In August of 2019 the prosecutors, acting on behalf of a grand jury, issued a subpoena for documents to Mazars USA, LLP, Trump’s personal accounting firm. The subpoena directed Mazars to produce financial records relating to Trump and his businesses, including copies of the president’s tax returns for the past eight years.

In September 2019 the president filed a lawsuit in federal district court in New York, seeking an injunction against Vance and Mazars to prevent enforcement of the subpoena. Trump claimed that under the U.S. Constitution a sitting president is absolutely immune from state criminal process. He also argued the subpoena was overbroad and that Vance was acting in bad faith and for political reasons. (Throughout the litigation Mazars has taken the position that the fight is between Vance and Trump and that Mazars stands ready to honor the subpoena if that’s how the courts rule.)

The district court judge rejected the president’s arguments. The judge found there was no basis for the president’s sweeping claim of immunity and that Mazars complying with the subpoena would not impair the president’s ability to fulfill his constitutional duties. The judge also rejected the president’s claims of overbreadth and bad faith.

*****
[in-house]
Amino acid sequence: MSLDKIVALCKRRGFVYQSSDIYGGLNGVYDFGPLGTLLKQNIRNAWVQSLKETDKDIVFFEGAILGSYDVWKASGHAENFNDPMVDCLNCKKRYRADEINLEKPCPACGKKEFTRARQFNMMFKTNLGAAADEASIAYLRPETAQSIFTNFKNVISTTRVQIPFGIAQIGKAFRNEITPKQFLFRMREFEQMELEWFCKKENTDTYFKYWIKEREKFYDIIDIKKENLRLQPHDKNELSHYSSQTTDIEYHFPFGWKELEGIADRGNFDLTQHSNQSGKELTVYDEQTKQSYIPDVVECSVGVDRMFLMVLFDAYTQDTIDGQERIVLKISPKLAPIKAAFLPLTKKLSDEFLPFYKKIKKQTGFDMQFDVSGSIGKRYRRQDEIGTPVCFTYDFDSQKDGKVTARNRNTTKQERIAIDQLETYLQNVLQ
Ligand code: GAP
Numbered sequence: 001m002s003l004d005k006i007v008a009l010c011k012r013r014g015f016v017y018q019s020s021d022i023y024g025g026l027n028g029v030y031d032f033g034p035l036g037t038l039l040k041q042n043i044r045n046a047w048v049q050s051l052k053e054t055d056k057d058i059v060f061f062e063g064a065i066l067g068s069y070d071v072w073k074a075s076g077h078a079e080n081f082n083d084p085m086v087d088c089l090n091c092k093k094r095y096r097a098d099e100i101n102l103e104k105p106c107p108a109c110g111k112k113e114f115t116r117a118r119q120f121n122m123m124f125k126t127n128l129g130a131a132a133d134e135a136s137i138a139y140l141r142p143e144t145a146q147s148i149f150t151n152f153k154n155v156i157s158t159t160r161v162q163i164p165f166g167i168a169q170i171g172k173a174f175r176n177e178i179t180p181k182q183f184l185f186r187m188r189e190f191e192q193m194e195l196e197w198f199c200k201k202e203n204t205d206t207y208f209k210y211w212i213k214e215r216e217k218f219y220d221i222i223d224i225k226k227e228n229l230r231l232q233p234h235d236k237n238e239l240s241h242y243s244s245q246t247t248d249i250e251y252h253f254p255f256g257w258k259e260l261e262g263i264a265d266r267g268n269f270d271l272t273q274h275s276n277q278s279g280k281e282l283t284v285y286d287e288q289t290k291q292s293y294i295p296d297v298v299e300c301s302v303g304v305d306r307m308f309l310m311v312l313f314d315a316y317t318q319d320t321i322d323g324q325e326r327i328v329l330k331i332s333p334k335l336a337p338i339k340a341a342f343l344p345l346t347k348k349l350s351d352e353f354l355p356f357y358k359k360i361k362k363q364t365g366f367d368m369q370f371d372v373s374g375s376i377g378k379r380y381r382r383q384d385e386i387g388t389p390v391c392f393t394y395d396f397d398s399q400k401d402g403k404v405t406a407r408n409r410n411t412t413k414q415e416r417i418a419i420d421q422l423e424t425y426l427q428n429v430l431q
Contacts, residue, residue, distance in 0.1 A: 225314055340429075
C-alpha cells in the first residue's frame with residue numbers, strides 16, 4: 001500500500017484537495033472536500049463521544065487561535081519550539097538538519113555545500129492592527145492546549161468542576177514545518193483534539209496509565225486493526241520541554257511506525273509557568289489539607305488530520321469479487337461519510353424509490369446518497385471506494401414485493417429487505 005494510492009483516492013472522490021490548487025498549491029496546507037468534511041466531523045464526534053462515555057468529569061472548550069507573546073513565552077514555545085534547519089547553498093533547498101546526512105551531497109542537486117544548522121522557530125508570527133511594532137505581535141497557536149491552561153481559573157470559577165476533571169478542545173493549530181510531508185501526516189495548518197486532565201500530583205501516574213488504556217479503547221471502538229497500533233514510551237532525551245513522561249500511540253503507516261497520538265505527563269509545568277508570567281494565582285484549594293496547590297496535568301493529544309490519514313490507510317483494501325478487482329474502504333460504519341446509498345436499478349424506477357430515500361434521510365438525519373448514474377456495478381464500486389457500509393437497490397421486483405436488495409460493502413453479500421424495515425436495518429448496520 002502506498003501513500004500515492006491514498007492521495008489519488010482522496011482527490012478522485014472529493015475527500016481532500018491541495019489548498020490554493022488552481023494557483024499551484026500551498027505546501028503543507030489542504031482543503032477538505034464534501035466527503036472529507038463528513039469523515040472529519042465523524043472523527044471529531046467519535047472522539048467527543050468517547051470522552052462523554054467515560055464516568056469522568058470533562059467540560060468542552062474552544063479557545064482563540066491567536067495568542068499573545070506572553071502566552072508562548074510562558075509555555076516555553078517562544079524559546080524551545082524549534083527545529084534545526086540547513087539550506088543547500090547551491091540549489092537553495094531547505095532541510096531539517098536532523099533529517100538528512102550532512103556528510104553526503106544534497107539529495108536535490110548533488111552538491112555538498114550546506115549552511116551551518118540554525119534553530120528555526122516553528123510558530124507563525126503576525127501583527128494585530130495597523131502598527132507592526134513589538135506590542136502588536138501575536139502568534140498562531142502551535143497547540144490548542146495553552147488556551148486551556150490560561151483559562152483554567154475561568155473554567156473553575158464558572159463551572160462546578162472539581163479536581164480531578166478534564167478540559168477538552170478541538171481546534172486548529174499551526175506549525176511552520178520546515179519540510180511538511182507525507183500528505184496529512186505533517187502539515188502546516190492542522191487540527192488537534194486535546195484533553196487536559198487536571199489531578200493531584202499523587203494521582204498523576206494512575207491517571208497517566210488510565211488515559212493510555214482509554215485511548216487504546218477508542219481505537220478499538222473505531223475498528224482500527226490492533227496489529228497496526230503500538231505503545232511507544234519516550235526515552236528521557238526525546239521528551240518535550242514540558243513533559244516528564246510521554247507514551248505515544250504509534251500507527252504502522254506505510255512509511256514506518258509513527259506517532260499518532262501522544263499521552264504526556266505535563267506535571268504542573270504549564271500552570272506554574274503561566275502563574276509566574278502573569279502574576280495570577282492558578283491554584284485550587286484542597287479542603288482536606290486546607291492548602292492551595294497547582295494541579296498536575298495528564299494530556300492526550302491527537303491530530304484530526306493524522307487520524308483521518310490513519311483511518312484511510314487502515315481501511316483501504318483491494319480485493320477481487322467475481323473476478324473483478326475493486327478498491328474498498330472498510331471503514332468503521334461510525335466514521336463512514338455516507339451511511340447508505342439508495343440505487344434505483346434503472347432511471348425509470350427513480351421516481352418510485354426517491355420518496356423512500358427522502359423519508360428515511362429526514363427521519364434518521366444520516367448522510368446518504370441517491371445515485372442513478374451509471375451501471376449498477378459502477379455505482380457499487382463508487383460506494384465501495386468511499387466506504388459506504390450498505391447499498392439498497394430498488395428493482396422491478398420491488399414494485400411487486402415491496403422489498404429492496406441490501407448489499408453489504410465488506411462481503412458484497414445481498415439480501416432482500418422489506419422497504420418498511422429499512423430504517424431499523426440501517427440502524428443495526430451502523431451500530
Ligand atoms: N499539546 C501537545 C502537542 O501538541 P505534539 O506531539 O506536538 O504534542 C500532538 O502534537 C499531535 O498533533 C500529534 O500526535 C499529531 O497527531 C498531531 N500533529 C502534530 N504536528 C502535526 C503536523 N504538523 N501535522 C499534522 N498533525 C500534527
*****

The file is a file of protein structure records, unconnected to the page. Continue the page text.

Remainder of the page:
The Second Circuit Court of Appeals affirmed the trial judge, finding that immunity was not constitutionally required. It noted that Trump had failed to identify any constitutional harm or interference with his duties because the subpoena, directed to Mazars, did not “require the President to do anything at all.” An appeal from the Second Circuit decision was fast-tracked to the U.S. Supreme Court.

Image of US Supreme Court

The Supreme Court Decision

On July 9, 2020, the U.S. Supreme Court, in an opinion by Chief Justice Roberts, also rejected Trump’s claims. Reaching back to an early dispute involving Aaron Burr and president Thomas Jefferson, the Court traced a long history of cases finding that presidents, like other citizens, are not above the law and may be subpoenaed to provide testimony or evidence. Although this was the first time the Court had confronted the question in the context of a state proceeding rather than a federal one, the Court concluded that did not compel a different result.